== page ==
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Libertärer Paternalismus als politisches Ordnungsprinzip. normative und kulturvergleichende Aspekte
Libertärer Paternalismus als politisches Ordnungsprinzip. normative und kulturvergleichende Aspekte
Since Cass Sunstein and Richard Thaler proposed their agenda of libertarian paternalism, libertarian paternalism has been discussed vehemently in academia and the public sphere in many countries. There is a wide range of views on the possibility of libertarian paternalism as a political order: some against and some for libertarian paternalism. This thesis attempts to present a comprehensive assessment of the possibility of libertarian paternalism as a political order from a more synthetical perspective. On the theoretical level, the author argues that there is an inherent contradiction in libertarian paternalism, namely that the freedom of choice which libertarian paternalism promises to ensure, is due to its general theoretical set-up (especially its epistemological anthropological presupposition), only an illusory freedom. On the practical level, however, the author argues that modern states (especially welfare states) are more or less paternalistic, which means that on the practical level the question is not whether liberal paternalism as a political order is possible, but how to make it possible. Drawing on Ernst Forsthoff's discussion of the welfare state (Sozialstaat) and liberal constitutional state (Rechtsstaat), the author argues that if essentially different and even conflicting political orders such as liberal paternalism want to coexist and function well, we must identify the main order and sub-order between them. In our case: we must identify the core elements that constitute liberal political order, and then use them as criteria for determining which paternalist policies or political measures can be incorporated into liberal political order. Through the lens of comparative political theory, the author reconstructs the political thought of classical Confucianism. On the one hand, the author points out the differences between Confucian paternalism and liberal paternalism on several key issues, and on the other hand, I show how the Chinese government has made utility of Confucian paternalism as a political culture to construct its political legitimacy and conclude with an analysis of whether liberal paternalism might be an attractive option for the Chinese government.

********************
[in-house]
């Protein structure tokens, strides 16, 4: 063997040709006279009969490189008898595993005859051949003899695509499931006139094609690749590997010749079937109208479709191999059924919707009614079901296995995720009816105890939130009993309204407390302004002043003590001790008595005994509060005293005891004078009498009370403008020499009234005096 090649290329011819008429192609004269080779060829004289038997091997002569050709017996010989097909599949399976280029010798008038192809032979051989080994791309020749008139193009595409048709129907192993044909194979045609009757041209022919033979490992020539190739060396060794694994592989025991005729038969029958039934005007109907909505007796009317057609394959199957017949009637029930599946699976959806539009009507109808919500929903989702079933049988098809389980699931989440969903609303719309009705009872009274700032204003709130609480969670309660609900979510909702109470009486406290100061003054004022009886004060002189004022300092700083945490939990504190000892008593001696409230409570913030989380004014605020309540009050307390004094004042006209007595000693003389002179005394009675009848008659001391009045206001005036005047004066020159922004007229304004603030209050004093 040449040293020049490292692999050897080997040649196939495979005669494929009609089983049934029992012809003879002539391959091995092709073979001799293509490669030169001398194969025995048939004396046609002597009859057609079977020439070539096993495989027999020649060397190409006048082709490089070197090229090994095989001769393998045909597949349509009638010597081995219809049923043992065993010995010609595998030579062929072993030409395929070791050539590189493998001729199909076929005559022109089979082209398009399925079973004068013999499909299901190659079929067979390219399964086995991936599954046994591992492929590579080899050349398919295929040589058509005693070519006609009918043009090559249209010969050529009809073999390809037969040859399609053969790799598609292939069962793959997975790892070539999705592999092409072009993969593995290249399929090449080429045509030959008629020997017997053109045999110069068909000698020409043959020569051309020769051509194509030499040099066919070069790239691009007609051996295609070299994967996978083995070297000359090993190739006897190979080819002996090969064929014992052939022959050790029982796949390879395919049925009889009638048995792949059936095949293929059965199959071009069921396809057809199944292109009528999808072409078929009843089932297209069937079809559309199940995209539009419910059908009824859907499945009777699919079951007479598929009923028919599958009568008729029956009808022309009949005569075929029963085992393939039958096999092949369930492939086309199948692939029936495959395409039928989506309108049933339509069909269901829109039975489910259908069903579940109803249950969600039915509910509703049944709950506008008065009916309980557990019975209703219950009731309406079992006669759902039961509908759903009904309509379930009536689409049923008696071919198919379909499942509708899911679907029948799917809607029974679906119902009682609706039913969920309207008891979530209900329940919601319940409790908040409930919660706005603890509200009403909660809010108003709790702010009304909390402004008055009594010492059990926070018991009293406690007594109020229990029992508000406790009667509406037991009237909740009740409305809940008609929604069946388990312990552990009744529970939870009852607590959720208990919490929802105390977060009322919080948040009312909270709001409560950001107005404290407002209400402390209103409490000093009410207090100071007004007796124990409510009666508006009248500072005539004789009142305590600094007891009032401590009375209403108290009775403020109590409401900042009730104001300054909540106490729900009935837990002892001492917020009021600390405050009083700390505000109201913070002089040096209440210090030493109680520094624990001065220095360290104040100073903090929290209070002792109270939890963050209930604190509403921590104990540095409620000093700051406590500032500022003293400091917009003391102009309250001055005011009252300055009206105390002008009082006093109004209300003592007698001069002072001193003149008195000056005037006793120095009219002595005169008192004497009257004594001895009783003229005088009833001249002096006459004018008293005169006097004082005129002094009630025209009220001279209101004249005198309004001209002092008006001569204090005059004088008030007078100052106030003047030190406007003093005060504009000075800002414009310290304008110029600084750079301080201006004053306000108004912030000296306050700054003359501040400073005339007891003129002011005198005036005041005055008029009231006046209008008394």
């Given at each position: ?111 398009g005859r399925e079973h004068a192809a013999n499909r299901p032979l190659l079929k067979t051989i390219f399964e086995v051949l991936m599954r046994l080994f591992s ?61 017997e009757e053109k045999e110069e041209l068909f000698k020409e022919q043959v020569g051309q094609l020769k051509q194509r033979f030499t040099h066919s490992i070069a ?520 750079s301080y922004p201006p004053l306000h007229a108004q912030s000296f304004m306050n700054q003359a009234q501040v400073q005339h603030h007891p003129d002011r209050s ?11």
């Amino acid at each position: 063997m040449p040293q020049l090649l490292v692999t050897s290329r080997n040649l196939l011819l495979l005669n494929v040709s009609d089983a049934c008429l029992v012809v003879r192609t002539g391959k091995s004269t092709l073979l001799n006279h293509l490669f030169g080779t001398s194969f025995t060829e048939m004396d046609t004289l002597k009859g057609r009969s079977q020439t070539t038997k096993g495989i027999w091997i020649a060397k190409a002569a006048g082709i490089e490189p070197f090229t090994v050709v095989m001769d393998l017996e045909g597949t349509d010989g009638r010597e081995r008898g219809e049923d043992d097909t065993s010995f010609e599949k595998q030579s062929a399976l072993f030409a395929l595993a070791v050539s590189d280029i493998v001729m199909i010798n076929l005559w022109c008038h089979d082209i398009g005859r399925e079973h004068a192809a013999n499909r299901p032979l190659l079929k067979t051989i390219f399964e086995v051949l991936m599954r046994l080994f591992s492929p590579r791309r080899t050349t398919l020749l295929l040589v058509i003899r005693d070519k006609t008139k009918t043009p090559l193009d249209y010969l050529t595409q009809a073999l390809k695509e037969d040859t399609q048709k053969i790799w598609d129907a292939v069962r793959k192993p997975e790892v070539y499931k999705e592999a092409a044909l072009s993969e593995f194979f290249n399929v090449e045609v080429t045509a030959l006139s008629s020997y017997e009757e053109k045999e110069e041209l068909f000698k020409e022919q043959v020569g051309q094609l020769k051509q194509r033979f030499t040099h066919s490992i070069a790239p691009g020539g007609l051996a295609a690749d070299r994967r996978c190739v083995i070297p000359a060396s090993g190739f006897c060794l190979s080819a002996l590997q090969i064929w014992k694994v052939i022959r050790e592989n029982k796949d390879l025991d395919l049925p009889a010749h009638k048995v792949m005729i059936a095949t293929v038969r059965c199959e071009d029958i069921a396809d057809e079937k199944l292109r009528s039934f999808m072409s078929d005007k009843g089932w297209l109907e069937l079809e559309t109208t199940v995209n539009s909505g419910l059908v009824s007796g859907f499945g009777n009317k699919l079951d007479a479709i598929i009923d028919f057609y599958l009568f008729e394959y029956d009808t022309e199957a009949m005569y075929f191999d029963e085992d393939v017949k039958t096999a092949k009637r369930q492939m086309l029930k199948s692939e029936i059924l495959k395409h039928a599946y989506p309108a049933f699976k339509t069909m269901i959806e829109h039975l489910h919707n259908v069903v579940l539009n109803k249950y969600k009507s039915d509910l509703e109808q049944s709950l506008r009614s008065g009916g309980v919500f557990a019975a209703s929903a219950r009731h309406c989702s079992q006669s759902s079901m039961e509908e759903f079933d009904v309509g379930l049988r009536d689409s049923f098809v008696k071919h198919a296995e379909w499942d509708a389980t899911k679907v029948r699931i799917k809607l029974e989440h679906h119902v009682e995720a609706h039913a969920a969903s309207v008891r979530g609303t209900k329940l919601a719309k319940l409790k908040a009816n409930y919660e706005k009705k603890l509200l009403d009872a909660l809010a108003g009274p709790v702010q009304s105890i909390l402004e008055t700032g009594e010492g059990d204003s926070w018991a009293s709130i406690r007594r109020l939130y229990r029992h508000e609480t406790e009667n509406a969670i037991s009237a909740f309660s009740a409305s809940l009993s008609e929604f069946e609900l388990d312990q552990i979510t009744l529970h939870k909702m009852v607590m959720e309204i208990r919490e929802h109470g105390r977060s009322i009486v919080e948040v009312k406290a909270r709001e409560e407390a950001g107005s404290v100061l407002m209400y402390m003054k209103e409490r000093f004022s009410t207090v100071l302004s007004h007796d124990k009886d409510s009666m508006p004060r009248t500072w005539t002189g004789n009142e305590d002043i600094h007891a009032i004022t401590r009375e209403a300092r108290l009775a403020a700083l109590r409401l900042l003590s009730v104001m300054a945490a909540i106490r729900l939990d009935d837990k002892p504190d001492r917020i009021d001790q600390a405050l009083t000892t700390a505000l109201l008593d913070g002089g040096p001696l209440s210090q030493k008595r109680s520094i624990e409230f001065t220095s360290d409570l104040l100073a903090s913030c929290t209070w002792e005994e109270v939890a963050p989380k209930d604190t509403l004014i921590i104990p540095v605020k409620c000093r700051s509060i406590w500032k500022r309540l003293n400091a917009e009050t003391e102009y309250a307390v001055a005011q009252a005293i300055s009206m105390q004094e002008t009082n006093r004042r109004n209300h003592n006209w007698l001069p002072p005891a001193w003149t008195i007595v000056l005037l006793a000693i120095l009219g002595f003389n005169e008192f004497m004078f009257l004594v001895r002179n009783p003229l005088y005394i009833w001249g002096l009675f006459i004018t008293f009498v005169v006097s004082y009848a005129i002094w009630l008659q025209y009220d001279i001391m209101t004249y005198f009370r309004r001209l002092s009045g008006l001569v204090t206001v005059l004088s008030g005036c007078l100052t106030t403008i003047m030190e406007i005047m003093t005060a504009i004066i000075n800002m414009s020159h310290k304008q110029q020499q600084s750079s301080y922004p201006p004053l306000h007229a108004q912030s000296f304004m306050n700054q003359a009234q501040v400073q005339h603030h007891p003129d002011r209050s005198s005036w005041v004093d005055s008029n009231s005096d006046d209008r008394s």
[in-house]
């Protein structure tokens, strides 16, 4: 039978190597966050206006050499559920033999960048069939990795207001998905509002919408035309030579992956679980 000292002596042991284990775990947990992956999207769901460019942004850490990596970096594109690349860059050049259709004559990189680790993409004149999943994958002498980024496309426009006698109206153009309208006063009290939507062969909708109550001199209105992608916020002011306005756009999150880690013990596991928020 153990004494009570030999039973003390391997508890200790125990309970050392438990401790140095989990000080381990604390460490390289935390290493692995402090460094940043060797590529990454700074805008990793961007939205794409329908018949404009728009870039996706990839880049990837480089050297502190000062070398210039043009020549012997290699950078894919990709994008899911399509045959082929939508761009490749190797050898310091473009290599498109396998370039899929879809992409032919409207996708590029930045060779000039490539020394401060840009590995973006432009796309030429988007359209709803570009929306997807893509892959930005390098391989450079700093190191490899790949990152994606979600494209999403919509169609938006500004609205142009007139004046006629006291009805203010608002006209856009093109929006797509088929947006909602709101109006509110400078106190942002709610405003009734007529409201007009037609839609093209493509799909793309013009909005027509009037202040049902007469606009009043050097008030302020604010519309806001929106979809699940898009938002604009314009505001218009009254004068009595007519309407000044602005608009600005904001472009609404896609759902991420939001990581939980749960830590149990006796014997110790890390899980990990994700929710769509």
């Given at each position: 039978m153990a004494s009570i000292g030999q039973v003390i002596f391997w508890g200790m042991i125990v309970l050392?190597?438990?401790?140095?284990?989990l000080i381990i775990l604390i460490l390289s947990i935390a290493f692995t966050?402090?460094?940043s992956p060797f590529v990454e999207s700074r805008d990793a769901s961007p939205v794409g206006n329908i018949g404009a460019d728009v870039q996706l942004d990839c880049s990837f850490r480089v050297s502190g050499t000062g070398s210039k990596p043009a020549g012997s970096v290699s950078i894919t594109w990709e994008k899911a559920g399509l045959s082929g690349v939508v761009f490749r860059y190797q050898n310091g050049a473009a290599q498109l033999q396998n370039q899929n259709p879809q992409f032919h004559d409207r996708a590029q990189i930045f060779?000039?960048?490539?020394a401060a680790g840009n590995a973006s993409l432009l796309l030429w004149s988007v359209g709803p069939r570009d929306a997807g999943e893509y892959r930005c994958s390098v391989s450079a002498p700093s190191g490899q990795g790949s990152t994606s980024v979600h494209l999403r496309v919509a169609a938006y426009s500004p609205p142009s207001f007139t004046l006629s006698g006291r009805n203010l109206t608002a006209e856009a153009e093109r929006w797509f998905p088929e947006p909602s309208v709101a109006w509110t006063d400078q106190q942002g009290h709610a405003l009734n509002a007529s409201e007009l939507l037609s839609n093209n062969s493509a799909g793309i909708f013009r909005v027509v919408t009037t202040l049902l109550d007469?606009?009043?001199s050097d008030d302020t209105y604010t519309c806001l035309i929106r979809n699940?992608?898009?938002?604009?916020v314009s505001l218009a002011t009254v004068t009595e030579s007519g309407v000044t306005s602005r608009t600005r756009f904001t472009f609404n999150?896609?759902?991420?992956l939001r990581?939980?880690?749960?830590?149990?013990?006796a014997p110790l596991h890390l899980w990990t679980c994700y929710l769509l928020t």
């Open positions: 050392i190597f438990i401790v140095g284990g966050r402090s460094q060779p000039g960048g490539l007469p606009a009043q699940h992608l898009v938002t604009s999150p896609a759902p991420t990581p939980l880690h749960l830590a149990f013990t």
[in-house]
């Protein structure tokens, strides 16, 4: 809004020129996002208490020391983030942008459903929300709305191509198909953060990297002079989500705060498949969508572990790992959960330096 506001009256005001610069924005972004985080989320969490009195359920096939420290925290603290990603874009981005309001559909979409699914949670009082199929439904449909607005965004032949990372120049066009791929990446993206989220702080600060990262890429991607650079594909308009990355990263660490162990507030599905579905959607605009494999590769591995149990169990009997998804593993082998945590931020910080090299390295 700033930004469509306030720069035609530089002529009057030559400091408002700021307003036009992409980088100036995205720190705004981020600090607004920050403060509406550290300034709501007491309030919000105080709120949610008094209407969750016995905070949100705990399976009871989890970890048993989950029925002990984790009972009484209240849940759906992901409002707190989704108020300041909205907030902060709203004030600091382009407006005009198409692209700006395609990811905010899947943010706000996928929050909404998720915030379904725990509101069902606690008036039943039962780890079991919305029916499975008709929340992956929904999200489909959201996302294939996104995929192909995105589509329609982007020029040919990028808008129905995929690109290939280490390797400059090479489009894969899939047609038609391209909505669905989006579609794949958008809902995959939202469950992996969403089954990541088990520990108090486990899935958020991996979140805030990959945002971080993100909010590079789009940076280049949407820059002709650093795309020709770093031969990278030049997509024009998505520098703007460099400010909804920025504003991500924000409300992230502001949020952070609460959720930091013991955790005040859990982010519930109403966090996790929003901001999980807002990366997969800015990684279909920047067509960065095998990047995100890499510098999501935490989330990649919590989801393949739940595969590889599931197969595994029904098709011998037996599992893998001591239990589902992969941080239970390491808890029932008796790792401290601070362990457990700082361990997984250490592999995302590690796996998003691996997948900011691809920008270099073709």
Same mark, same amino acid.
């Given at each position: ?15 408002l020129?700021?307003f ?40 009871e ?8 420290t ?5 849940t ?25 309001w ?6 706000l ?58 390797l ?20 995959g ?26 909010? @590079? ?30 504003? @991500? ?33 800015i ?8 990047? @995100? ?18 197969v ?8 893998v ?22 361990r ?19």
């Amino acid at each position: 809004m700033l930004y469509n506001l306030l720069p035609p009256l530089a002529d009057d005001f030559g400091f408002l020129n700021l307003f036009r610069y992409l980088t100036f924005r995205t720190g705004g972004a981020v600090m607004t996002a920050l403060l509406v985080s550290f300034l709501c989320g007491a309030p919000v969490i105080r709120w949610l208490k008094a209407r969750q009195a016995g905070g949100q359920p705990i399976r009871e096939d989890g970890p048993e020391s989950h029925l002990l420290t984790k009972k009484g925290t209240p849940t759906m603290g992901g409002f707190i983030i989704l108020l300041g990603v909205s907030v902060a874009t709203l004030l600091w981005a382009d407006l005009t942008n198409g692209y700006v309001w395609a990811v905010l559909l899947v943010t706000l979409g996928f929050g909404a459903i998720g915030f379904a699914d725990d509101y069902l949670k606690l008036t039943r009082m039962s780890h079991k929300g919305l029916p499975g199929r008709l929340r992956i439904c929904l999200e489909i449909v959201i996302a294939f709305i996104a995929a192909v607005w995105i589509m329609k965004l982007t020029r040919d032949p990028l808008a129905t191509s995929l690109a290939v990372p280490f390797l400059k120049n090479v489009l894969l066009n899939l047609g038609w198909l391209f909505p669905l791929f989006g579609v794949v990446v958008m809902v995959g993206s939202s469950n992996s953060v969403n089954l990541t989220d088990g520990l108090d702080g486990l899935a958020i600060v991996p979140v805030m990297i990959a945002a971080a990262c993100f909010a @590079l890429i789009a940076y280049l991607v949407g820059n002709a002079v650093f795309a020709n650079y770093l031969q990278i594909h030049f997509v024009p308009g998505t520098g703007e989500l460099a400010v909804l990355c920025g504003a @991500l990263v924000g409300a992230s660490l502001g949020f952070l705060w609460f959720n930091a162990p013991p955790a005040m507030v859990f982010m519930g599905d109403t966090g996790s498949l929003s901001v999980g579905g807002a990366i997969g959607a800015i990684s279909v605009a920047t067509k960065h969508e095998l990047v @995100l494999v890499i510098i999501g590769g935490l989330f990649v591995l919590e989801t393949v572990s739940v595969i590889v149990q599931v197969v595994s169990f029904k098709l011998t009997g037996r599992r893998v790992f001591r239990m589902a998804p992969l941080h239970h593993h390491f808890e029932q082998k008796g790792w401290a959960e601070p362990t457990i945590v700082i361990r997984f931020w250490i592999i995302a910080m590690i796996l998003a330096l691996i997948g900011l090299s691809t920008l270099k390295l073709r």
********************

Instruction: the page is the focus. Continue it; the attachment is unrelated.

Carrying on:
Paternalismus, liberal paternalism, Konfuzianismus, Gemeinwohl, Rechtsstaat, Sozialstaat
Ko, Chen-Yu
2021
German
Universitätsbibliothek der Ludwig-Maximilians-Universität München
Ko, Chen-Yu (2021): Libertärer Paternalismus als politisches Ordnungsprinzip: normative und kulturvergleichende Aspekte. Dissertation, LMU München: Faculty of Social Sciences
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Abstract

Since Cass Sunstein and Richard Thaler proposed their agenda of libertarian paternalism, libertarian paternalism has been discussed vehemently in academia and the public sphere in many countries. There is a wide range of views on the possibility of libertarian paternalism as a political order: some against and some for libertarian paternalism. This thesis attempts to present a comprehensive assessment of the possibility of libertarian paternalism as a political order from a more synthetical perspective. On the theoretical level, the author argues that there is an inherent contradiction in libertarian paternalism, namely that the freedom of choice which libertarian paternalism promises to ensure, is due to its general theoretical set-up (especially its epistemological anthropological presupposition), only an illusory freedom. On the practical level, however, the author argues that modern states (especially welfare states) are more or less paternalistic, which means that on the practical level the question is not whether liberal paternalism as a political order is possible, but how to make it possible. Drawing on Ernst Forsthoff's discussion of the welfare state (Sozialstaat) and liberal constitutional state (Rechtsstaat), the author argues that if essentially different and even conflicting political orders such as liberal paternalism want to coexist and function well, we must identify the main order and sub-order between them. In our case: we must identify the core elements that constitute liberal political order, and then use them as criteria for determining which paternalist policies or political measures can be incorporated into liberal political order. Through the lens of comparative political theory, the author reconstructs the political thought of classical Confucianism. On the one hand, the author points out the differences between Confucian paternalism and liberal paternalism on several key issues, and on the other hand, I show how the Chinese government has made utility of Confucian paternalism as a political culture to construct its political legitimacy and conclude with an analysis of whether liberal paternalism might be an attractive option for the Chinese government.